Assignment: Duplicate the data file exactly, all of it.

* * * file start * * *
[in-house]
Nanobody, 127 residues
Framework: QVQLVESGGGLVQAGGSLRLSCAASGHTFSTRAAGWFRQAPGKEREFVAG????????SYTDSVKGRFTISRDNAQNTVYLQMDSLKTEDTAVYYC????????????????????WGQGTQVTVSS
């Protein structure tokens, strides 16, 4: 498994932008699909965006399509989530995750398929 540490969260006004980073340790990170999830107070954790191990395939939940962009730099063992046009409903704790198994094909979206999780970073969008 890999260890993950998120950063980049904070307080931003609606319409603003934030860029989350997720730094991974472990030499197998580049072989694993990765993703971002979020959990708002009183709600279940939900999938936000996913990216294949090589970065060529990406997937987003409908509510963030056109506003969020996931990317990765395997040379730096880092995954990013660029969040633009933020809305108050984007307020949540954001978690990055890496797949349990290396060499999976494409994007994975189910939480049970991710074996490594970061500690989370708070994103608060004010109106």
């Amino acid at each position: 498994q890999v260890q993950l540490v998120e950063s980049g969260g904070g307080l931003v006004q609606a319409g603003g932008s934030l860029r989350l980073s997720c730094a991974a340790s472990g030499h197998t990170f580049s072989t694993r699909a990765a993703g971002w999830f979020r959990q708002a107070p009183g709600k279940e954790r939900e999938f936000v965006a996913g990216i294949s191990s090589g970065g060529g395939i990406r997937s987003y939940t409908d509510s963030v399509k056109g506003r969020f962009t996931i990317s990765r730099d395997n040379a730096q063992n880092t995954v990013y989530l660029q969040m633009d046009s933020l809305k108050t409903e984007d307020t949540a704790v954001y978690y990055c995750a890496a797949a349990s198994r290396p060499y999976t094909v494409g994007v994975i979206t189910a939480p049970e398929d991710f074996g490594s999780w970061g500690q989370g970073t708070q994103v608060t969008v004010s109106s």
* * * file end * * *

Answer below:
[in-house]
Nanobody, 127 residues
Framework: QVQLVESGGGLVQAGGSLRLSCAASGHTFSTRAAGWFRQAPGKEREFVAG????????SYTDSVKGRFTISRDNAQNTVYLQMDSLKTEDTAVYYC????????????????????WGQGTQVTVSS
């Protein structure tokens, strides 16, 4: 498994932008699909965006399509989530995750398929 540490969260006004980073340790990170999830107070954790191990395939939940962009730099063992046009409903704790198994094909979206999780970073969008 890999260890993950998120950063980049904070307080931003609606319409603003934030860029989350997720730094991974472990030499197998580049072989694993990765993703971002979020959990708002009183709600279940939900999938936000996913990216294949090589970065060529990406997937987003409908509510963030056109506003969020996931990317990765395997040379730096880092995954990013660029969040633009933020809305108050984007307020949540954001978690990055890496797949349990290396060499999976494409994007994975189910939480049970991710074996490594970061500690989370708070994103608060004010109106």
């Amino acid at each position: 498994q890999v260890q993950l540490v998120e950063s980049g969260g904070g307080l931003v006004q609606a319409g603003g932008s934030l860029r989350l980073s997720c730094a991974a340790s472990g030499h197998t990170f580049s072989t694993r699909a990765a993703g971002w999830f979020r959990q708002a107070p009183g709600k279940e954790r939900e999938f936000v965006a996913g990216i294949s191990s090589g970065g060529g395939i990406r997937s987003y939940t409908d509510s963030v399509k056109g506003r969020f962009t996931i990317s990765r730099d395997n040379a730096q063992n880092t995954v990013y989530l660029q969040m633009d046009s933020l809305k108050t409903e984007d307020t949540a704790v954001y978690y990055c995750a890496a797949a349990s198994r290396p060499y999976t094909v494409g994007v994975i979206t189910a939480p049970e398929d991710f074996g490594s999780w970061g500690q989370g970073t708070q994103v608060t969008v004010s109106s």